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Serialization is the marking of a product at the individual level with a unique identifying number. That number is recorded and uploaded to a centralized database where it can be checked at point of sale to establish the authenticity of the product. Track & Trace combines serialization with aggregation, establishing complete traceability of products as they move through the supply chain.
The software side of Track & Trace regulations require programs that possess specific capabilities. The software must be secure, it must be able to collect serialization data from each serialization point on the production line and it must be able to export that data in a format that can be added to a manufacturer's database. The manufacturer's database must in turn connect to other databases depending on regulations – it may connect to a corporate ERP system only, or it may be required to connect to the database of a government authority. From that location, the serialization data can be accessed by the various stakeholders in the process (delivery companies, warehouses, retailers).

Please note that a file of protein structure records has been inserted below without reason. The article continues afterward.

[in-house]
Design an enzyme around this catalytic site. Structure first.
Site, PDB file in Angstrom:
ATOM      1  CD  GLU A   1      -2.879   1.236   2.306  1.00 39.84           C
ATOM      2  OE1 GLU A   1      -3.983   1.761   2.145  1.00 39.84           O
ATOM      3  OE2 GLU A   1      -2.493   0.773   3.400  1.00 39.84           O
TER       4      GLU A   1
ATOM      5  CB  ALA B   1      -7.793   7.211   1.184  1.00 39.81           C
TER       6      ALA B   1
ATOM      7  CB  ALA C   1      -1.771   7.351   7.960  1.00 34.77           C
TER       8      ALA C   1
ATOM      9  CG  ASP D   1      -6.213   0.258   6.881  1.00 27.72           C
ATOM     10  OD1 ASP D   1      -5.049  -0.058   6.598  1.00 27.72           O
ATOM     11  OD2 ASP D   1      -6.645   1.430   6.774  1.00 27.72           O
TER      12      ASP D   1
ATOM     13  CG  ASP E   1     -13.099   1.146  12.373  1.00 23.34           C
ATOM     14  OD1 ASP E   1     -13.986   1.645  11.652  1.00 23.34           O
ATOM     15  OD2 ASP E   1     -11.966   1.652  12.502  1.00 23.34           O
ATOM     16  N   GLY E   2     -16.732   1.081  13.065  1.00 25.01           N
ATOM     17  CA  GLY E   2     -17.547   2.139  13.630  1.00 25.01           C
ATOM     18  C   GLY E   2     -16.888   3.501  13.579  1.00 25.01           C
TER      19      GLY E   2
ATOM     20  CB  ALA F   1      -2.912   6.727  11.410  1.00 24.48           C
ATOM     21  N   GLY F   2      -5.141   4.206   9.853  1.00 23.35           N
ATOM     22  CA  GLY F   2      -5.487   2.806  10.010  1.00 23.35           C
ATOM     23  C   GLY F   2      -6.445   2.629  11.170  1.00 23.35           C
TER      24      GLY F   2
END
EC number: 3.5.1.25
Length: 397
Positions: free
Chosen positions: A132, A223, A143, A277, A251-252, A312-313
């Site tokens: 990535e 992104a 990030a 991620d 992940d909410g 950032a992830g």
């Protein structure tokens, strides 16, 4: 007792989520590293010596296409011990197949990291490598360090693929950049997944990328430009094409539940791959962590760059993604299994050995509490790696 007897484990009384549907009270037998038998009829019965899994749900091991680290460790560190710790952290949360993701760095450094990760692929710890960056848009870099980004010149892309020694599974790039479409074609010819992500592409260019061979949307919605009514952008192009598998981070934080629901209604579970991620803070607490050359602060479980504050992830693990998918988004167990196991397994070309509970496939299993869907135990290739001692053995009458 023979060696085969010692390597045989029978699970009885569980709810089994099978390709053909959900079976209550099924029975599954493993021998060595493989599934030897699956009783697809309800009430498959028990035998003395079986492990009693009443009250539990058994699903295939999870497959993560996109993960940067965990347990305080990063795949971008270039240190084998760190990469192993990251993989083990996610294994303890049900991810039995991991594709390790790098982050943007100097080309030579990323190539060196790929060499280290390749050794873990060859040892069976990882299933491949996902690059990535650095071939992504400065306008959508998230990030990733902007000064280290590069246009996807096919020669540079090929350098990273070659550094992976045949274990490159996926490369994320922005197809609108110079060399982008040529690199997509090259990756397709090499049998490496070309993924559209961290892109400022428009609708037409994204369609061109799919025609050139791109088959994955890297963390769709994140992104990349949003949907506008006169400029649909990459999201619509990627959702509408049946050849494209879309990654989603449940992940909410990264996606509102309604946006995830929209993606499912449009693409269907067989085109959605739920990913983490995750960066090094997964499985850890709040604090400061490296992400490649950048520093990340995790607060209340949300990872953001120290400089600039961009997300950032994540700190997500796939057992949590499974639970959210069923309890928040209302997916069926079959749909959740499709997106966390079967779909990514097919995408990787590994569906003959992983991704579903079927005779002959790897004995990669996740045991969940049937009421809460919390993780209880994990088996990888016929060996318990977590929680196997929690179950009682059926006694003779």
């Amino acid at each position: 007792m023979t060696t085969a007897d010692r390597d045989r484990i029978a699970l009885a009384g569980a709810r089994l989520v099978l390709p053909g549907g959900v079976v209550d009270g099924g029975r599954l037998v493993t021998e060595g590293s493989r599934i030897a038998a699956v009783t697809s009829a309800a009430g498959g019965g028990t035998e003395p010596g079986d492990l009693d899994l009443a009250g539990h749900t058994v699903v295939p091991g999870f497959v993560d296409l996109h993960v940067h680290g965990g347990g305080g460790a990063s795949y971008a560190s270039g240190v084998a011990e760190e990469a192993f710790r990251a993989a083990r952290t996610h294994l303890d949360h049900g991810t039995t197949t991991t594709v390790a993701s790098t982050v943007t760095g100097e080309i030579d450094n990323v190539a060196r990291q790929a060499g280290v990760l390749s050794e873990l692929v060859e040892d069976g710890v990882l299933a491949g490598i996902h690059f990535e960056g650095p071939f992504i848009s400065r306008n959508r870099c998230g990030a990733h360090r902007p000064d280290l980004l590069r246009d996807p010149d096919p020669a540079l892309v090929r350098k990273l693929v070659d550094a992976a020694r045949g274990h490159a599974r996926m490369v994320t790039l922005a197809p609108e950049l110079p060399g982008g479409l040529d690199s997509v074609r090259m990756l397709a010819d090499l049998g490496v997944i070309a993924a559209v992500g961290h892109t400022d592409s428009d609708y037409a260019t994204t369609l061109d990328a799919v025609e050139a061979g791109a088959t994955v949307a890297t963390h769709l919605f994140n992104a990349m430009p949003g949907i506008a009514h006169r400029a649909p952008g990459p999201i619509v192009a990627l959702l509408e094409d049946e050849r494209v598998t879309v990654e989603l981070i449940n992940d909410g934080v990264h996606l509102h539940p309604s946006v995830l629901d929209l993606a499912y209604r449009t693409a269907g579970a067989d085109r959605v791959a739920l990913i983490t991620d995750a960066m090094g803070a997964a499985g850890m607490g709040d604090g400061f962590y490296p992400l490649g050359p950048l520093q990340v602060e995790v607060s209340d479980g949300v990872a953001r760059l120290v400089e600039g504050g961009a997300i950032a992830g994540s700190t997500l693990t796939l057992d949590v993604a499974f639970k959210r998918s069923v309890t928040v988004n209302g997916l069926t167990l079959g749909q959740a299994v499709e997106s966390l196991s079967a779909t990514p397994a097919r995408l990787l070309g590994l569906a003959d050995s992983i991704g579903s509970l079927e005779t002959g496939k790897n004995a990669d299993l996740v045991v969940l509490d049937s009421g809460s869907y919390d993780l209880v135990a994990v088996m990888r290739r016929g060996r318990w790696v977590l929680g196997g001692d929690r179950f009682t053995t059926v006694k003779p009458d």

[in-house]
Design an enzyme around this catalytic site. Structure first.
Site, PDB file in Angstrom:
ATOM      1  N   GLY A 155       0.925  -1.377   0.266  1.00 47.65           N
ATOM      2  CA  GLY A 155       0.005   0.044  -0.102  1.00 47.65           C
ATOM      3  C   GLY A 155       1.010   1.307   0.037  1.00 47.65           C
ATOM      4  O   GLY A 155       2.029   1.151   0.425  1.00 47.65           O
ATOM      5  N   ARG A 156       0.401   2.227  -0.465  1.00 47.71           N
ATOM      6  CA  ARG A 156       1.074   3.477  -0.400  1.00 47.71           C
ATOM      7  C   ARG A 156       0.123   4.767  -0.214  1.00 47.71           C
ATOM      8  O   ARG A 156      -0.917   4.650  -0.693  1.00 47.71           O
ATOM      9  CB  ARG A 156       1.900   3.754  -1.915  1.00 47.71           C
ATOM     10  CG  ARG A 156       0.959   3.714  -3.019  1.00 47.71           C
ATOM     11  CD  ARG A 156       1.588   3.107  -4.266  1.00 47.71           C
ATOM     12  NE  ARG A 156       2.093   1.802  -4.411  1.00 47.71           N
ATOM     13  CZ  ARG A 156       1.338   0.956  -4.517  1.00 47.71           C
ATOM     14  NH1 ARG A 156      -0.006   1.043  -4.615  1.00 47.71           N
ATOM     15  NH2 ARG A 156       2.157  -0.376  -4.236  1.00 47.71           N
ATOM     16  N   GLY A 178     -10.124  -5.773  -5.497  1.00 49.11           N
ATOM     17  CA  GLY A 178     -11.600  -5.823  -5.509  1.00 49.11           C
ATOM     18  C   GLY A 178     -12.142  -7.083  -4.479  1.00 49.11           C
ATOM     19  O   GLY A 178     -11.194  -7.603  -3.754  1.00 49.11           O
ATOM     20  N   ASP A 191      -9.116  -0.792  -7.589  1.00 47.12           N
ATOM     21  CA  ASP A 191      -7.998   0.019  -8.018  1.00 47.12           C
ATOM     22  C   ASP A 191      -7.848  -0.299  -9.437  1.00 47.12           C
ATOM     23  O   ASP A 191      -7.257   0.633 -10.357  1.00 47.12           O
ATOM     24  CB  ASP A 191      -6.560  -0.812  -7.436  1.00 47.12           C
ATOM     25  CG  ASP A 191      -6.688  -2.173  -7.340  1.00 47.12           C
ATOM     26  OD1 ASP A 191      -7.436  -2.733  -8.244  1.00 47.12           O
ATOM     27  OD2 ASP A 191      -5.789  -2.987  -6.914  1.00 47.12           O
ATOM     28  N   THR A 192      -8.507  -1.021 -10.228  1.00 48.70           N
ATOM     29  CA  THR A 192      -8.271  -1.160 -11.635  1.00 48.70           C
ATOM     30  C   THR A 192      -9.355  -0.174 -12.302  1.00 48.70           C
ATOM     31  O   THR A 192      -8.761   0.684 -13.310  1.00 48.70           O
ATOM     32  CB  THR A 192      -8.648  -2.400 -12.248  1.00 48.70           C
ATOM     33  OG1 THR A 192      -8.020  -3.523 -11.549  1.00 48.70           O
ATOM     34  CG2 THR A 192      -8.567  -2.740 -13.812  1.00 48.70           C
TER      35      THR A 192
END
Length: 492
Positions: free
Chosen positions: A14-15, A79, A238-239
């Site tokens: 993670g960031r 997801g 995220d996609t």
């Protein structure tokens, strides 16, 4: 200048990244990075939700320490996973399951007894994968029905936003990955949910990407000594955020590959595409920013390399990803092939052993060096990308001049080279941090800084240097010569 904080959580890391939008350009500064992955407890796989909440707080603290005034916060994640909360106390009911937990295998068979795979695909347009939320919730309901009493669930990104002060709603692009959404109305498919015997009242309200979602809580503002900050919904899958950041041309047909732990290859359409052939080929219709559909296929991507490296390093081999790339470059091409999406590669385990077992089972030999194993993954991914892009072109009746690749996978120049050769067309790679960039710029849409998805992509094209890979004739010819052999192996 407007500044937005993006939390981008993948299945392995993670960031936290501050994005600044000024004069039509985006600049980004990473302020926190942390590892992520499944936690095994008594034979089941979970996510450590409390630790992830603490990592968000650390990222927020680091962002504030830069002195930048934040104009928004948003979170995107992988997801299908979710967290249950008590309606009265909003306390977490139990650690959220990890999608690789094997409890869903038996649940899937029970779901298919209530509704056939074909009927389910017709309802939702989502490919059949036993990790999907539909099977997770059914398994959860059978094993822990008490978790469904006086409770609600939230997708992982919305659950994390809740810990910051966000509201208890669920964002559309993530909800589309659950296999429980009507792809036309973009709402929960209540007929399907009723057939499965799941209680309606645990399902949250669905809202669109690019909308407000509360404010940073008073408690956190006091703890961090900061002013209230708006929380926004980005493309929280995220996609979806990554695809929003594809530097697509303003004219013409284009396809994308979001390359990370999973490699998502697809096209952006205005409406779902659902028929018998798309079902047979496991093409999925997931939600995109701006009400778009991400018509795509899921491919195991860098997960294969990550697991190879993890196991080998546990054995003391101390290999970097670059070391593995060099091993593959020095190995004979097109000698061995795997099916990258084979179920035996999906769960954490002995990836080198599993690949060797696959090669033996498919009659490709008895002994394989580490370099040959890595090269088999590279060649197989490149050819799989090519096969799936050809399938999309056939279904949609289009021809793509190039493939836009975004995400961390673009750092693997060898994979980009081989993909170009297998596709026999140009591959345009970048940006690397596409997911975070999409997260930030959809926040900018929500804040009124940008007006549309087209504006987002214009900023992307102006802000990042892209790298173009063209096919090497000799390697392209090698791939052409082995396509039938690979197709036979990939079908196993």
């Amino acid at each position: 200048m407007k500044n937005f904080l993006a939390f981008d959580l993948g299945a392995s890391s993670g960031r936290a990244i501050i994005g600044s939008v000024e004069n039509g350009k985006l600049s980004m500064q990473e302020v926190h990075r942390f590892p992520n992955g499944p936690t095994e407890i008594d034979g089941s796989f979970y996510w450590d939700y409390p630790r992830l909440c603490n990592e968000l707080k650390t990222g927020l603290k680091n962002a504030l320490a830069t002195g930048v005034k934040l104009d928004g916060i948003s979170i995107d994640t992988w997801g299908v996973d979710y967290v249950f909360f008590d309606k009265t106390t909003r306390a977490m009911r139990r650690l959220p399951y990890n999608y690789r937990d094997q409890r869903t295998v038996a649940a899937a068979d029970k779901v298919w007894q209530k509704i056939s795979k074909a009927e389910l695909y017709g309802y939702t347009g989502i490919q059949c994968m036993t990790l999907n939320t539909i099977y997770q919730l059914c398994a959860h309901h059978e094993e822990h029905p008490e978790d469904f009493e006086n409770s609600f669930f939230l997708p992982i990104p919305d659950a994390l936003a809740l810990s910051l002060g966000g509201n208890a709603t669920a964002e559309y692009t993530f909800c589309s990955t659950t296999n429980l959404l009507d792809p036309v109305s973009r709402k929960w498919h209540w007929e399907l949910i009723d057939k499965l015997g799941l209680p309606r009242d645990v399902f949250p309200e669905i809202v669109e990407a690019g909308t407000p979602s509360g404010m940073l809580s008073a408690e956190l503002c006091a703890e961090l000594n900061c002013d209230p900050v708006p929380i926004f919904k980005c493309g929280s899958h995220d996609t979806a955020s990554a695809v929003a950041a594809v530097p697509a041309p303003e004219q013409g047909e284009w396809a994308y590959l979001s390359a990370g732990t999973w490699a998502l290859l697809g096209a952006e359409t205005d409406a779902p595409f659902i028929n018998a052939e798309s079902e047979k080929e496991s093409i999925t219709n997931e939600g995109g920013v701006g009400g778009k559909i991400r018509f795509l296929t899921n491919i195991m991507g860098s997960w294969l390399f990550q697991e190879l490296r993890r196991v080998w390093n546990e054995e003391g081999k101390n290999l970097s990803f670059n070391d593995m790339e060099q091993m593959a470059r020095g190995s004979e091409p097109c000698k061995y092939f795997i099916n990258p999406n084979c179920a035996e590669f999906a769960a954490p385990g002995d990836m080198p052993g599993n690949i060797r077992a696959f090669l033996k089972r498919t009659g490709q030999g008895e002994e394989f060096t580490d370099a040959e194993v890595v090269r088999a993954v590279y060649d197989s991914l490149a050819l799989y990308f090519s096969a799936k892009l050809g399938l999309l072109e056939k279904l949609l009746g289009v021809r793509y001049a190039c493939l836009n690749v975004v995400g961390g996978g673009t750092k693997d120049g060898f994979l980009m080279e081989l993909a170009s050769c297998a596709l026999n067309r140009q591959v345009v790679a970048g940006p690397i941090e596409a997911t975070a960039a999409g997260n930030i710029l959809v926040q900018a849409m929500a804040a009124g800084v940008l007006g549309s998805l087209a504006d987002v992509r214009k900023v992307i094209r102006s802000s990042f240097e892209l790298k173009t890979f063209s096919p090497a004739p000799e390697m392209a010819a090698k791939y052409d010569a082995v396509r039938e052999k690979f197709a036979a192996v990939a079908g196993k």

Like the Track & Trace process itself, there are two parts to the integration process. The first, and more obvious, comes from adding the hardware to the production line. This may not involve anything more than rolling the hardware up to the production line and connecting it to a power source, or it could involve making a modification to existing equipment – for example, connecting cameras to a label printer in order to perform verification duties. The software integration is the more difficult task – the system needs to be able to communicate with the printer, the camera, and – of course – whatever database is assigning and recording serialization data.
Both PCE Line and PCE Site Manager software connect to Microsoft SQL Server or Oracle databases via Ethernet connection.